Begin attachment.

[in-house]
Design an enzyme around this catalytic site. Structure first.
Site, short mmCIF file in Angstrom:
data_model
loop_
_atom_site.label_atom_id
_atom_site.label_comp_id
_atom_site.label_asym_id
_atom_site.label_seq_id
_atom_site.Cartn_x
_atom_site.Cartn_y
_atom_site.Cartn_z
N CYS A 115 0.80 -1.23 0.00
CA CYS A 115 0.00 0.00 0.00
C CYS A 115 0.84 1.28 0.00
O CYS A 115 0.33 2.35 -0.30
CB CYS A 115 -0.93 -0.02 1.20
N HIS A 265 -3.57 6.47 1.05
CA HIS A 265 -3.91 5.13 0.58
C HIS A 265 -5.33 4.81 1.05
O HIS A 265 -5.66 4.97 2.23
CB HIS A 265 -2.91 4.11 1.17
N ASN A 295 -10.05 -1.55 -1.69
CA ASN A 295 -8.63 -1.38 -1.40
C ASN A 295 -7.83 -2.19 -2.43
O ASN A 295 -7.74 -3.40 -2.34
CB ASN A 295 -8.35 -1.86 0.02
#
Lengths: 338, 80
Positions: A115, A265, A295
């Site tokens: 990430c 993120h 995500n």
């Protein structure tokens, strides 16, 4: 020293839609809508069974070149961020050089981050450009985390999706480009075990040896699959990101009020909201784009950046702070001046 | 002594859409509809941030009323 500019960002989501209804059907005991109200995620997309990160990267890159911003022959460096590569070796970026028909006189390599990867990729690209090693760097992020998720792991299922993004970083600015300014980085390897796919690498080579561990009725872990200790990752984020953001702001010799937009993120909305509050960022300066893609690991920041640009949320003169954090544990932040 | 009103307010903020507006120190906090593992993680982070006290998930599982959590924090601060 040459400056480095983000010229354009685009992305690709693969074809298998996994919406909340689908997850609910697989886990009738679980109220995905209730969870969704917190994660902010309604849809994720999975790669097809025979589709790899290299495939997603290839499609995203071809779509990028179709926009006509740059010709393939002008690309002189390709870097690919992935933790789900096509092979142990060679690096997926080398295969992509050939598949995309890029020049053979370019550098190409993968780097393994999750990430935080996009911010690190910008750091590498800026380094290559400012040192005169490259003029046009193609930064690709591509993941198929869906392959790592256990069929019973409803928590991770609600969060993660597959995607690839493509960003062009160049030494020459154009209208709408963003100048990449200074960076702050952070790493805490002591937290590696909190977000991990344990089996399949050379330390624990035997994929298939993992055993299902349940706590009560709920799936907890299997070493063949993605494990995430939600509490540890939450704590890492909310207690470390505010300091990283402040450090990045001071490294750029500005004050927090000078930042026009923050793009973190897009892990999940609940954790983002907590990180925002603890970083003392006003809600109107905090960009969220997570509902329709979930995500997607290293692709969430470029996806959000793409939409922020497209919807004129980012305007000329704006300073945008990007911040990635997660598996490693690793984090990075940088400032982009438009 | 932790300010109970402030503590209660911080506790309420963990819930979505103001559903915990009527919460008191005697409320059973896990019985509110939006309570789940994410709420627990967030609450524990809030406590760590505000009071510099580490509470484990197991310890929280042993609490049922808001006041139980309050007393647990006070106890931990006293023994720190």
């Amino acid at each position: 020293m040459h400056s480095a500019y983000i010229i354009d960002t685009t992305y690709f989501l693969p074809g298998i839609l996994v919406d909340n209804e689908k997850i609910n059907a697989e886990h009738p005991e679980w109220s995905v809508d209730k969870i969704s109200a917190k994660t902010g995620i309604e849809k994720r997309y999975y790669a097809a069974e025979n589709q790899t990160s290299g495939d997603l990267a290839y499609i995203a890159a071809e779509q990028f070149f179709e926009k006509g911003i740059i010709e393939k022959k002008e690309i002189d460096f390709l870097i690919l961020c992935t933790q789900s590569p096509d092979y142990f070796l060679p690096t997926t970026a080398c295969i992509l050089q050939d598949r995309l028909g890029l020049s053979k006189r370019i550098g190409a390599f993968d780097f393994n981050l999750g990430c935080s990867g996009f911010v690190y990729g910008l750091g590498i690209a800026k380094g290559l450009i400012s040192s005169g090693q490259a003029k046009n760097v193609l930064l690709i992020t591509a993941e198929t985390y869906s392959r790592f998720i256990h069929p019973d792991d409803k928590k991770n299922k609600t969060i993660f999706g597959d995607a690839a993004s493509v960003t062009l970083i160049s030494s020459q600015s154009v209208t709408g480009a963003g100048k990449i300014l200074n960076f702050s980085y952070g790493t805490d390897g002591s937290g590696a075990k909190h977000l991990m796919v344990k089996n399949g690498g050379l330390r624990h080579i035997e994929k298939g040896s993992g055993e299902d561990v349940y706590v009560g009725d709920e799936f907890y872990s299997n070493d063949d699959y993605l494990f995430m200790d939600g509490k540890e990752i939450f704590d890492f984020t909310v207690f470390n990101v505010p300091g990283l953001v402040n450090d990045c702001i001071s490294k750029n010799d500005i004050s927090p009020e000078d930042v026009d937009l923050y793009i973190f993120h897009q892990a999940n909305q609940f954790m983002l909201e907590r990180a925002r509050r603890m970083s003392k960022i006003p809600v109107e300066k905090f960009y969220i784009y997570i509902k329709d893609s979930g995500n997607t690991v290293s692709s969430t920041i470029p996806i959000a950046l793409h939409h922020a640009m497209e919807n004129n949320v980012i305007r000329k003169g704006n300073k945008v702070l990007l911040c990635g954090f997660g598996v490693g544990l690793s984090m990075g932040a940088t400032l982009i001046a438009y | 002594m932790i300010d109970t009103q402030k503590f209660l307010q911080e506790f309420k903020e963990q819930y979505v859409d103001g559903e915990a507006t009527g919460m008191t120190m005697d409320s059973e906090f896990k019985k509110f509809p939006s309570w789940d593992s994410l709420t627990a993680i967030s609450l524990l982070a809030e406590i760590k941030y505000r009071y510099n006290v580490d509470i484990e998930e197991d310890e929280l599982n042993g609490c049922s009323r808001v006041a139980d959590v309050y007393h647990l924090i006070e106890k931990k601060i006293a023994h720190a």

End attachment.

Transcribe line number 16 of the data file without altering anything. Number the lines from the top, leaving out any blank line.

O CYS A 115 0.33 2.35 -0.30